Reporter Questioned by Trump Works for Chinese Propaganda Outlet, Experts Say

Reporter Questioned by Trump Works for Chinese Propaganda Outlet, Experts Say
(2nd L-R) U.S. Vice President Mike Pence, President Donald Trump, Assistant Secretary for Health Admiral Brett Giroir and Dr. Deborah Birx, coronavirus response coordinator, in the Brady Press Briefing Room at the White House on April 6, 2020. (Chip Somodevilla/Getty Images)
Petr Svab
A reporter questioned by President Donald Trump on whether she works for the Chinese government indeed works for a television station directed by the Chinese Communist Party (CCP), several experts confirmed.

Phoenix TV is officially based in Hong Kong, where media can operate independently, but its programming has been controlled by the CCP regime, said Gordon Chang, a political commentator and China analyst.

“It is not formally part of the Chinese state, like China Central Television [CCTV], but nonetheless its content is determined in Beijing,” he told The Epoch Times in a phone call.

The station’s Beijing ties have long been known among China observers.

Phoenix TV is “an example of a Chinese propaganda outlet not directly owned by the Beijing government,” said Sarah Cook, a China expert at human-rights group Freedom House, in her May 2017 testimony to Congress.

The CCTV used to own a 10 percent stake in Phoenix, but the strongest CCP link is the station’s head and founder, Liu Changle, a former officer in the People’s Liberation Army propaganda department who used to work at the CCP’s Central People’s Radio Station. Since its founding in 1996, several other Phoenix executives were former officials in the CCP regime or state-run media.

The World Organization to Investigate the Persecution of Falun Gong, a nonprofit probing the CCP’s repression of the Falun Gong spiritual group, noted as far back as 2005 that Phoenix TV has been one of the main channels used by Beijing to export its propaganda to Hong Kong (pdf).

Sen. Ted Cruz (R-Tex.) pointed out Phoenix’s background in 2018 in a letter to Federal Communications Commission (FCC) Chairman Ajit Pai.

Cruz urged the FCC to block a company linked to Phoenix from acquiring a radio station broadcasting into California. If allowed, the radio station would be used to air “[Chinese] government-approved propaganda” to the large Mandarin-speaking population in Southern California, he warned (pdf).
“Phoenix TV has been waging information warfare in the U.S. for [years],” Cruz said in an April 7 tweet, noting that American media organizations shouldn’t have allowed Phoenix to attend a White House press briefing where its reporter got into an exchange with Trump the day before.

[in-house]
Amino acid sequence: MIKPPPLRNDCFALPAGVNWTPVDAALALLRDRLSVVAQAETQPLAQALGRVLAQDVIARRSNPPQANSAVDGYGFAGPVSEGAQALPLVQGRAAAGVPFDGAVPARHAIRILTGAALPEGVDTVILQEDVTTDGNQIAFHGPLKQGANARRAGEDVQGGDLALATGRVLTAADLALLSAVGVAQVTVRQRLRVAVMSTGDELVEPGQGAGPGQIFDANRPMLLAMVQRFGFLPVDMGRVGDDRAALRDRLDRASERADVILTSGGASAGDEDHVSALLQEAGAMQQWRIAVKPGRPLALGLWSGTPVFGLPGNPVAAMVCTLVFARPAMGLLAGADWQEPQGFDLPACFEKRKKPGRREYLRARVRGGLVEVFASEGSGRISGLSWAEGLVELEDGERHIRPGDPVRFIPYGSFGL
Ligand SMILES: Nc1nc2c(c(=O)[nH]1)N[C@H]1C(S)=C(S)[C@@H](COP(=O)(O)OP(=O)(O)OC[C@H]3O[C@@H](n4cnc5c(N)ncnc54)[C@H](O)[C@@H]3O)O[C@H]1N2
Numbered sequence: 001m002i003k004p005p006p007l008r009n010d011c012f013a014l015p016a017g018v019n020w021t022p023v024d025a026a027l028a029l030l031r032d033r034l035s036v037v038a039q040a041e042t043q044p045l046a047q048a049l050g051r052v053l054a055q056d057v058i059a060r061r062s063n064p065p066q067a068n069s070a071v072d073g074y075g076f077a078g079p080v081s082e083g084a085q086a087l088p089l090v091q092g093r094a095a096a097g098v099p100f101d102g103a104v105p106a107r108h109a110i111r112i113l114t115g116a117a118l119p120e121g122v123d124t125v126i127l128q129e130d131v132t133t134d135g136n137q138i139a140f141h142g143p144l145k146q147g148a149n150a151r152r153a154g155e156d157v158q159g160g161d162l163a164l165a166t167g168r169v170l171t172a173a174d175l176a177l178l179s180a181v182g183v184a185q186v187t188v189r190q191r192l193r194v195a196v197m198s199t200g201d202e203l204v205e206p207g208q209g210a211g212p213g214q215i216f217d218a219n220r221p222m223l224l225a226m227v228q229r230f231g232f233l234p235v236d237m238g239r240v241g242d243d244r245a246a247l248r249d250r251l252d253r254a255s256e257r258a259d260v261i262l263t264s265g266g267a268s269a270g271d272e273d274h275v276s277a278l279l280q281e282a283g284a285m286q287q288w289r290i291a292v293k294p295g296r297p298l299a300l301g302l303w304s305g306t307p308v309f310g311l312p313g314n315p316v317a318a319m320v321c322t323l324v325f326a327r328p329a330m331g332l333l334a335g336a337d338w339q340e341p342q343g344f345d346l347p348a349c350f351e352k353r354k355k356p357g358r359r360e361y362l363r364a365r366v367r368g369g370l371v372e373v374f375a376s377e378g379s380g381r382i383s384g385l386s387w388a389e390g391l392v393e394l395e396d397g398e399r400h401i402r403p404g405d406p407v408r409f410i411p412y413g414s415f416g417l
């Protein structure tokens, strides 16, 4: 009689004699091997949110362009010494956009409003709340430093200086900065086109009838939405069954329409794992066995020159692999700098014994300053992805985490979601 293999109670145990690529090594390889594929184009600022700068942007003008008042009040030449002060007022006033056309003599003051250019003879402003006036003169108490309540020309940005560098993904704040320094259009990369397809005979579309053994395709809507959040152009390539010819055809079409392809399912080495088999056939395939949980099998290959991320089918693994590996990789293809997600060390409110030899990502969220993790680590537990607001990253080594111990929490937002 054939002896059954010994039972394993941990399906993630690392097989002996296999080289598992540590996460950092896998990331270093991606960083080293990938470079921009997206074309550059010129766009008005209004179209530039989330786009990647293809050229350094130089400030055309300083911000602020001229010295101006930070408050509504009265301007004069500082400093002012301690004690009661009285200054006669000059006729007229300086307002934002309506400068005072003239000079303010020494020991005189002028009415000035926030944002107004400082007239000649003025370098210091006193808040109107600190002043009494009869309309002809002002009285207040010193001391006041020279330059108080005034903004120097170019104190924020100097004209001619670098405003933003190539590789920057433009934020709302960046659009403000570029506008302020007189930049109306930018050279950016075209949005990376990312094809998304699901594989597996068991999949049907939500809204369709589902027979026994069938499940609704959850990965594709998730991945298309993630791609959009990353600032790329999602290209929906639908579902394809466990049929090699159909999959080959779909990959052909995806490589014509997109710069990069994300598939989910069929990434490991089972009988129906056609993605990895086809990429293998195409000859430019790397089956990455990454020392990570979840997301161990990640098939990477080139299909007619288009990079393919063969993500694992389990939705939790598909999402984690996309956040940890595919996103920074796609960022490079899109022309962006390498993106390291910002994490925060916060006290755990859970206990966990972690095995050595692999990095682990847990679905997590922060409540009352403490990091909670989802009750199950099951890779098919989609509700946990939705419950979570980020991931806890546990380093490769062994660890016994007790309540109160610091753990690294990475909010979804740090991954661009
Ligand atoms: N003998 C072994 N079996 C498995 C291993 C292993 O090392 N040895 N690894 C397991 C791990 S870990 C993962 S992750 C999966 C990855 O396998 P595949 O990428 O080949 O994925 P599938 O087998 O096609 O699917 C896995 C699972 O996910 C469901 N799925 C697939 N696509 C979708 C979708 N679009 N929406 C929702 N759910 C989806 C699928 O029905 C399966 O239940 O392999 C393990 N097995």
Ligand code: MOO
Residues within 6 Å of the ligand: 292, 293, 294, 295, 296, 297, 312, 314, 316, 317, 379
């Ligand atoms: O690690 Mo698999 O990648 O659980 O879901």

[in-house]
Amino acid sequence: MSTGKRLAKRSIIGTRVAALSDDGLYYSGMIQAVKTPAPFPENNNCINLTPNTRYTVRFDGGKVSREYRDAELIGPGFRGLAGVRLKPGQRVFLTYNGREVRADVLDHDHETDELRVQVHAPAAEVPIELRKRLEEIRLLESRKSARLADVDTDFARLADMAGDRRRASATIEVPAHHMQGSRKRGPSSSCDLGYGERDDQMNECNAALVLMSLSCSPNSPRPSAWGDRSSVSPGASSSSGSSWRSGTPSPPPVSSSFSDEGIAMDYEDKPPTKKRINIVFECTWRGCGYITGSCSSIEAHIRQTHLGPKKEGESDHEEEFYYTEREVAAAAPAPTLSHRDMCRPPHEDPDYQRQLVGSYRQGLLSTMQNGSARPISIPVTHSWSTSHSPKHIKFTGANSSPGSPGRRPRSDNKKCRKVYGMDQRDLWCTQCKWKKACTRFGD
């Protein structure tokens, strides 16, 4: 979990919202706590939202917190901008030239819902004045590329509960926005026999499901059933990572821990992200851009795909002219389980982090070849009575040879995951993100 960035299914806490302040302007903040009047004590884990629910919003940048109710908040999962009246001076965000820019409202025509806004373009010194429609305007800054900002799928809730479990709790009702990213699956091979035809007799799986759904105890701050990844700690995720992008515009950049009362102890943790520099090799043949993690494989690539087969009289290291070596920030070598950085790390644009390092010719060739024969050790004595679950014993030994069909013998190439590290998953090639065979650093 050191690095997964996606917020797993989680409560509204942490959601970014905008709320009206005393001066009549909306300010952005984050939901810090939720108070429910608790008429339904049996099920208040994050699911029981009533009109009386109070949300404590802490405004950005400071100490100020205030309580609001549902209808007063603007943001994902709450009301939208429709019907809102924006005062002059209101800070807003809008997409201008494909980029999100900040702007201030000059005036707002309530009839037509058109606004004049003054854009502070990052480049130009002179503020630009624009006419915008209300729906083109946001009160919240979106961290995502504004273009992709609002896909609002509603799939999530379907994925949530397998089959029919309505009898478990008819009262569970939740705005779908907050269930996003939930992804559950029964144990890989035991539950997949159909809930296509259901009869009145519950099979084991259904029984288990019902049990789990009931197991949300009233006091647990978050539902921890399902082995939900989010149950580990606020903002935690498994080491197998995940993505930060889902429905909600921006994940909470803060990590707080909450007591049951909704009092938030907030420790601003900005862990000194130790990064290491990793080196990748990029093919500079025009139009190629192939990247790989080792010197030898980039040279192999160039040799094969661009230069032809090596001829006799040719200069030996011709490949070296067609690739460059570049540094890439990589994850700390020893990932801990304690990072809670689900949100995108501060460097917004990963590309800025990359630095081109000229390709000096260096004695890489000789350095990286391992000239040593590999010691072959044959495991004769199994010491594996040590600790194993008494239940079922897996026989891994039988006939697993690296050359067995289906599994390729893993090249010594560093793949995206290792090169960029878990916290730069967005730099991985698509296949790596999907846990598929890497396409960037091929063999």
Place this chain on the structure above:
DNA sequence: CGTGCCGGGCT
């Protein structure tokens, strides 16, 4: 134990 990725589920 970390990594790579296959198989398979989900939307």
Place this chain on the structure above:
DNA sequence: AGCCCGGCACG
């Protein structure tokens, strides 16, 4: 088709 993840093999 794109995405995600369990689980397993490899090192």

Chang agreed.

“Until the U.S. can send a Voice of America reporter to [CCP headquarters of] Zhongnanhai to question [CCP head] Xi Jinping live, we should not be allowing any of China’s media into the White House Briefing Room,” he said.

The White House Correspondent Association should revoke the reporter’s credentials and if it won’t, the White House should refuse to accept her, he said.

Propaganda Push

The CCP is in the midst of a global propaganda push, trying to shirk responsibility for the CCP virus pandemic that has swept the world, infecting over 1.4 million and killing over 80,000.

The CCP virus, also known as the novel coronavirus, broke out in Wuhan, China, around November and was allowed to spread around the world due to the coverup and mismanagement by the CCP.

The CCP is now trying to portray itself as a world savior that sends medical supplies around the world, commented Trevor Loudon, an expert on communist infiltration in the West, in a phone call with The Epoch Times.

In fact, the CCP has urged overseas Chinese to buy up in-demand medical supplies and send them to China.
When supplies are sent from China, the propaganda messaging calls it “support” or “assistance,” intentionally blurring whether the recipient countries are paying for it, according to Jakub Jakóbowski, a research fellow at the Poland-based Center for Eastern Studies.

In many cases, countries actually purchased the material at market prices.

The Phoenix reporter’s comments during the White House briefing were “clearly conveying China’s propaganda line,” Chang said.

The use of Phoenix appeared to be the CCP’s attempt to get its message across through a party with an “independent look to it.”

“It seems to me that what they’re doing is creating themselves some deniability,” he said.

Petr Svab is a reporter covering New York. Previously, he covered national topics including politics, economy, education, and law enforcement.
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